Posted by Abe Sauer on May 11, 2012 06:05 PM
Following the release of its second installment, China's microblog network Weibo was buzzing about the mini-series 再一次心跳 (Heartbeat Love). For a period, it was a top ten trending topic on the social website.
The "micro-film" is being broadcast online at China's video sharing site Tudou in five 45-minute segments. The story chronicles the dramatic romance of a young Chinese couple, played by wildly popular duo Rainie Yang and Show Luo.
The romance kicks off in Australia, which makes sense — the whole movie is funded by the The Australian Tourism Commission. We spoke with Leo Seaton, manager of media relations for Tourism Australia, about the unique branded entertainment campaign.Continue reading...
Posted by Shirley Brady on April 21, 2011 05:00 PM
Trending on Tudou, China's answer to YouTube: the new digital campaign for China's fashion brand Semir, which has generated more than 2.8 million video views since launching on March 25. The series of six spots for Semir's Uniqlo-like sub-brand, Tee, were shot in Los Angeles by Draftfcb.
Designed to appeal to the hip apparel brand's target audience (teens), the spot above features a crude domino effect using discarded household items, tying into the recycling logo featured on a t-shirt that's revealed at the end.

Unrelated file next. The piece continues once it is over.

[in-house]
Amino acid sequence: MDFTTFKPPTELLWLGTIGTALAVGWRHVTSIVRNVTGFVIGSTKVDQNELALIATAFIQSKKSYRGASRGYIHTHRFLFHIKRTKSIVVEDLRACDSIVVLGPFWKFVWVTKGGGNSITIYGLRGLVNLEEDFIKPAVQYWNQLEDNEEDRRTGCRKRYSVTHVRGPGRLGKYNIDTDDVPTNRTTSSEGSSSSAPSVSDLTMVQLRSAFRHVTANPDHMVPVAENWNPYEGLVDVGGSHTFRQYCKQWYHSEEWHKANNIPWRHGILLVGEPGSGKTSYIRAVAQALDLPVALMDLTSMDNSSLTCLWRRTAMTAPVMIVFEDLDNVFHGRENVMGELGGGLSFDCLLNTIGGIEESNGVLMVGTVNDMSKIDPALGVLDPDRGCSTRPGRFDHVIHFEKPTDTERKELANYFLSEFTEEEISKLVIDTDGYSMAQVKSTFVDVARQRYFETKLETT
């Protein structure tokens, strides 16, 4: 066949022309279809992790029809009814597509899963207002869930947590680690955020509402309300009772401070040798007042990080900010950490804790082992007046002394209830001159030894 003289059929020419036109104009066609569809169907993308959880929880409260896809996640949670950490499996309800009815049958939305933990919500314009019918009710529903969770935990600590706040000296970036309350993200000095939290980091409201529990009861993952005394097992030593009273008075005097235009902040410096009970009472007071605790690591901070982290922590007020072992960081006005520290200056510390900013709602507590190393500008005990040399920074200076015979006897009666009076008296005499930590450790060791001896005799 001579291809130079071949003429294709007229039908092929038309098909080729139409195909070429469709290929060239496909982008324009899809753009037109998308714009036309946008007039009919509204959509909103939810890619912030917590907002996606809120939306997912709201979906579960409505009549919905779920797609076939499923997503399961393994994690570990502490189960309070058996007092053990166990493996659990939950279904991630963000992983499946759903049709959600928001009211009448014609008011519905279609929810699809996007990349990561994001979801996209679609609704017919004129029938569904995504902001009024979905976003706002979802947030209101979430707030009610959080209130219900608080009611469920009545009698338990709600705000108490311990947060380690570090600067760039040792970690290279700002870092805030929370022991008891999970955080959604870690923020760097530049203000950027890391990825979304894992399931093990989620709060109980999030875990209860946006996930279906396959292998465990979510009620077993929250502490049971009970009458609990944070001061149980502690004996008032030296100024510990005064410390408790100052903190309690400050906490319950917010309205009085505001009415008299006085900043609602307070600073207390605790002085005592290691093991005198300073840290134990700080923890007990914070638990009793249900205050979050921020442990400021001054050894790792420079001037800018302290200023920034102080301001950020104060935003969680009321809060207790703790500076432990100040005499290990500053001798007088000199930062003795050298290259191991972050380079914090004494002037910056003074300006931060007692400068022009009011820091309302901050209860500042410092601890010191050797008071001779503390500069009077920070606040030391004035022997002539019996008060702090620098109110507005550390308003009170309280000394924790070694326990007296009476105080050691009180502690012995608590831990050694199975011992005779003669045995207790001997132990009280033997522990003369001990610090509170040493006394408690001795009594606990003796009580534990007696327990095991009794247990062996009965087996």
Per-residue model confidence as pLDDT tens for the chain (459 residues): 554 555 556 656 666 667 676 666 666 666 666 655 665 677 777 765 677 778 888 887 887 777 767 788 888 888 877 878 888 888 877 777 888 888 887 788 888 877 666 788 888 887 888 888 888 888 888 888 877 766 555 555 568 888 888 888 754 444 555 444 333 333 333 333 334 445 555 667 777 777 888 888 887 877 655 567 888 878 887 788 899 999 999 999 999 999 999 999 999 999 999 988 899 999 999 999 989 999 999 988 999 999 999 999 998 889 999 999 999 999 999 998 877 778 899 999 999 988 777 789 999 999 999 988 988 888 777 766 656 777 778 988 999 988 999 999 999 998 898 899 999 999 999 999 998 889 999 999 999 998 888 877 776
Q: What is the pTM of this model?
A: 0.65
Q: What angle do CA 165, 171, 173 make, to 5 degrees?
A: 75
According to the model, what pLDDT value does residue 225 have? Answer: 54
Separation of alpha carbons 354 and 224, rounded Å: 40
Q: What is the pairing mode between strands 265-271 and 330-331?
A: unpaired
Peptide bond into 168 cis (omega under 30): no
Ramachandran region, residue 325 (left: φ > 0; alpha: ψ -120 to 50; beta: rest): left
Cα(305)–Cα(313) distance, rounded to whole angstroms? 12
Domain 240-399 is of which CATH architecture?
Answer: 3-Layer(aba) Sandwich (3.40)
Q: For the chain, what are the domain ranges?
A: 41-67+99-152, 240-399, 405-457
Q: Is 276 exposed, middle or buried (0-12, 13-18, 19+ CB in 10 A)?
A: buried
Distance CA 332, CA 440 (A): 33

Watch another "Everything can be Tee" spot below, and check out the campaign's interactive website where users can upload images to customize their own t-shirt design.Continue reading...
Posted by Laura Fitch on January 13, 2010 09:45 AM
Google shocked the world this morning with its threat to pull out of China after an investigation revealed that malicious cyber attacks originating from the country were targeting Chinese human-rights activists' Gmail accounts.
According to official releases and Google Chief Legal Officer David Drummond’s blog post, the move was made because the attacks violate the company’s “do no evil” motto—an example of Google’s altruistic brand trumping corporate greed.
And yet, while the decision certainly aligns with Google’s brand message, its decision to pull out of China isn’t as simple as it first appears. It is in fact, a brilliant spin on a tough decision that would have taken place at some point in the future anyway.Continue reading...